In 2018, over 160 participants met in Madrid at the midterm conference “Uncertainty and inequalities: current challenges for cities” co-organised by two local universities: UNED and Universidad Carlos III. Three brilliant urban scientists – prof. Jesús Leal (Madrid), prof. Martina Löw (Berlin), prof. Suzanne Hall (London) – accepted our invitation to act as the keynote speakers. We pursued two important main aims in that midterm conference. Firstly, high scientific quality of the conference and, secondly, space for networking and further cooperation among the RN members and for participants interested in joining the network. The midterm conference fulfilled all the plans and expectations we had as a RN board. The results of the peer-review of the abstracts were 124 very good presentations within 32 thematic sessions.
Three additional events complemented the programme: (1) presentation and discussion with the City Executive Manager Municipality of Madrid entitled “Territorial rebalance in Madrid”; (2) presentation of the ethnographic film “The Order I Live In. An indoor urban symphony” with subsequent discussion; (3) guided tour in the neighbourhood where the conference took place (Lavapiés), as the case of an area in the process of gentrification. In addition, the local team organised a photographic exhibition about social urban movements in Madrid from 1975 to 2017 in the conference premises.
We find our books to be a very important forum for our members’ debate on urban research that helps motivate members of our network to share and present their research. On the list of the books that members of the past and current board edited or co-edited are:
Hutchison, R., & Lopes, J. T. (eds.) (2016). Public Spaces: Times of Crisis and Change (Research in Urban Sociology, Volume 15). Emerald, Bingley/UK. https://www.emerald.com/insight/publication/doi/10.1108/S1047-0042201715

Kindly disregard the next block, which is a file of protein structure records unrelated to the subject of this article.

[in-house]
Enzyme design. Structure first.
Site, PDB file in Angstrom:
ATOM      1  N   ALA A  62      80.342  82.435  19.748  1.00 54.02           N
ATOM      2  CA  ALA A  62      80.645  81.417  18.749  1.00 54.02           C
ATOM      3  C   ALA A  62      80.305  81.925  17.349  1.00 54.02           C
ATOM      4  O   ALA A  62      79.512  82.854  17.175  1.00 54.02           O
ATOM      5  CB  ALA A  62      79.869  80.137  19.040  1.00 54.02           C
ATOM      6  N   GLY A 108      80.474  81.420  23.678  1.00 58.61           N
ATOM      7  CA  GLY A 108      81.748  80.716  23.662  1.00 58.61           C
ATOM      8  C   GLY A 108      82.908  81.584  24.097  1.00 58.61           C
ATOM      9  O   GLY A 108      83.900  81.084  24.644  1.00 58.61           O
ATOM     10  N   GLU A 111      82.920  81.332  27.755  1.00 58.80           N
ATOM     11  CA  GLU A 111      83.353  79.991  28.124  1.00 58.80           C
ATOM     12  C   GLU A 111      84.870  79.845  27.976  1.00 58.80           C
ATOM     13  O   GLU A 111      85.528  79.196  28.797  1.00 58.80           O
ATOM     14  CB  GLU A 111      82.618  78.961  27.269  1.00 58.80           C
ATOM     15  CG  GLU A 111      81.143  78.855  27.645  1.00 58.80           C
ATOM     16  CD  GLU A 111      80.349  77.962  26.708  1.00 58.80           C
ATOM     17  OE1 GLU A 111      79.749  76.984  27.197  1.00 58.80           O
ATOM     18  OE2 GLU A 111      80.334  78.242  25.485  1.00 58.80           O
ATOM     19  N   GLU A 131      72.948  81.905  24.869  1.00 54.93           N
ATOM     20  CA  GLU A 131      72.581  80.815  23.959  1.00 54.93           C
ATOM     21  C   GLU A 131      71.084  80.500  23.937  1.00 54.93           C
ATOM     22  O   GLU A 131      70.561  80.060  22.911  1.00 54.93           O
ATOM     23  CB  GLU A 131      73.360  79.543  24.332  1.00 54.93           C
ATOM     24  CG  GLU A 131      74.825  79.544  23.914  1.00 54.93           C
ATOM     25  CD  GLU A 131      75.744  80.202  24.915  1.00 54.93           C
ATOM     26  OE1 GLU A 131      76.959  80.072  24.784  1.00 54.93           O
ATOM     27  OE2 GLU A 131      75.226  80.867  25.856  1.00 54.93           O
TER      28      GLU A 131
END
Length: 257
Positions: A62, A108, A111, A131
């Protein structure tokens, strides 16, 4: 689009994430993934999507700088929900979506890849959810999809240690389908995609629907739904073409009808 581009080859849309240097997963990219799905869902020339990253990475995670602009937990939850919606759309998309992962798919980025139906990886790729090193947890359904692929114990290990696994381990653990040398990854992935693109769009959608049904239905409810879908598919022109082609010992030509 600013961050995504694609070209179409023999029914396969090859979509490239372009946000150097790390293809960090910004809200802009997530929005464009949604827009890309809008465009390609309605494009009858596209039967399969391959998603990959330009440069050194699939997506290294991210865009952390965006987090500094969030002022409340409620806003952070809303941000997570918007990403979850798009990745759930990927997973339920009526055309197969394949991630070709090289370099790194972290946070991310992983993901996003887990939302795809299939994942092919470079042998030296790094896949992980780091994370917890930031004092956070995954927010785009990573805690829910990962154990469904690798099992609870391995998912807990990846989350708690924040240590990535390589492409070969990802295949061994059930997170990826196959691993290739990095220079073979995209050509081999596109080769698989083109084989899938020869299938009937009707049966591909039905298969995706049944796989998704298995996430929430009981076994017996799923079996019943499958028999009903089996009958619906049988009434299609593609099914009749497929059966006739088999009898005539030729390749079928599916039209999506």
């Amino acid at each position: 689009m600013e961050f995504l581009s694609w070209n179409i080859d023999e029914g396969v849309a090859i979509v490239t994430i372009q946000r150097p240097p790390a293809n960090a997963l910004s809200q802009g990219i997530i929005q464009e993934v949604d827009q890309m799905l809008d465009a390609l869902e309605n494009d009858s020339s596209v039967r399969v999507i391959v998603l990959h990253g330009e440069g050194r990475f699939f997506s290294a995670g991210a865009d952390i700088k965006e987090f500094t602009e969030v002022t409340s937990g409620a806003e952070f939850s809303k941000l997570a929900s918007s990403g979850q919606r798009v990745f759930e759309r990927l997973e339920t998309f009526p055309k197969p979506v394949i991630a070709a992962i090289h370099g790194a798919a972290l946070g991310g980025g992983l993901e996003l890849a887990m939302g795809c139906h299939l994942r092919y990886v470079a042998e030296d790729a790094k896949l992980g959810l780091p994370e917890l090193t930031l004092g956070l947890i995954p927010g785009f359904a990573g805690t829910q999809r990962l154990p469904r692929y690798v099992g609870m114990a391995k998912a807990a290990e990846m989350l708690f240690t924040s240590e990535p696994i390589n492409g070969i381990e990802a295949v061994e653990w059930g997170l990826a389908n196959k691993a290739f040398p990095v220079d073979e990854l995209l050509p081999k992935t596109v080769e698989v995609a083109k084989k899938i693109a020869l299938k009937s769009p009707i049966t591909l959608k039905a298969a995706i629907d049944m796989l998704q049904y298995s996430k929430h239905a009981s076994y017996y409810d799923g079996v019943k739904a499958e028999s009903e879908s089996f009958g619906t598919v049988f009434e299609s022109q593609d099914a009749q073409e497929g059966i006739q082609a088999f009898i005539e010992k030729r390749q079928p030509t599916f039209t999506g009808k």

Ferro, L., Smagacz-Poziemska, M., Gómez, M. V., Kurtenbach, S., Pereira, P., & Villalón, J. J. (eds.) (2018). Moving Cities: Contested Views on Urban Life. Springer VS, Wiesbaden. https://www.springer.com/us/book/9783658184612.
Smagacz-Poziemska, M., Frysztacki, K., & Bukowski, A. (eds.) (2017). Re-Imagining the City: Municipality and Urbanity Today from a Sociological Perspective. Jagiellonian University Press, Krakow. https://wuj.pl/ksiazka/re-imagining-the-city#otwarty-dostep [open access]
Smagacz-Poziemska, M., Gómez M.V., Pereira P., Guarino L., Kurtenbach S., Villalón, J.J (eds.) (2020). Inequality and Uncertainty: Current Challenges for Cities. Palgrave Macmillan, London/UK. https://www.palgrave.com/gp/book/9789813291614
Our history is recent but in a short time we have seen our network grow and become stronger. We want to share our interest in urban sociology, always understood from a multidisciplinary perspective, and expand our network, attracting researchers who contribute both to deepen the issues that are currently being studied by our members, and to multiply and enrich the perspectives from which to explore urban phenomena.
RN37 on the ESA website.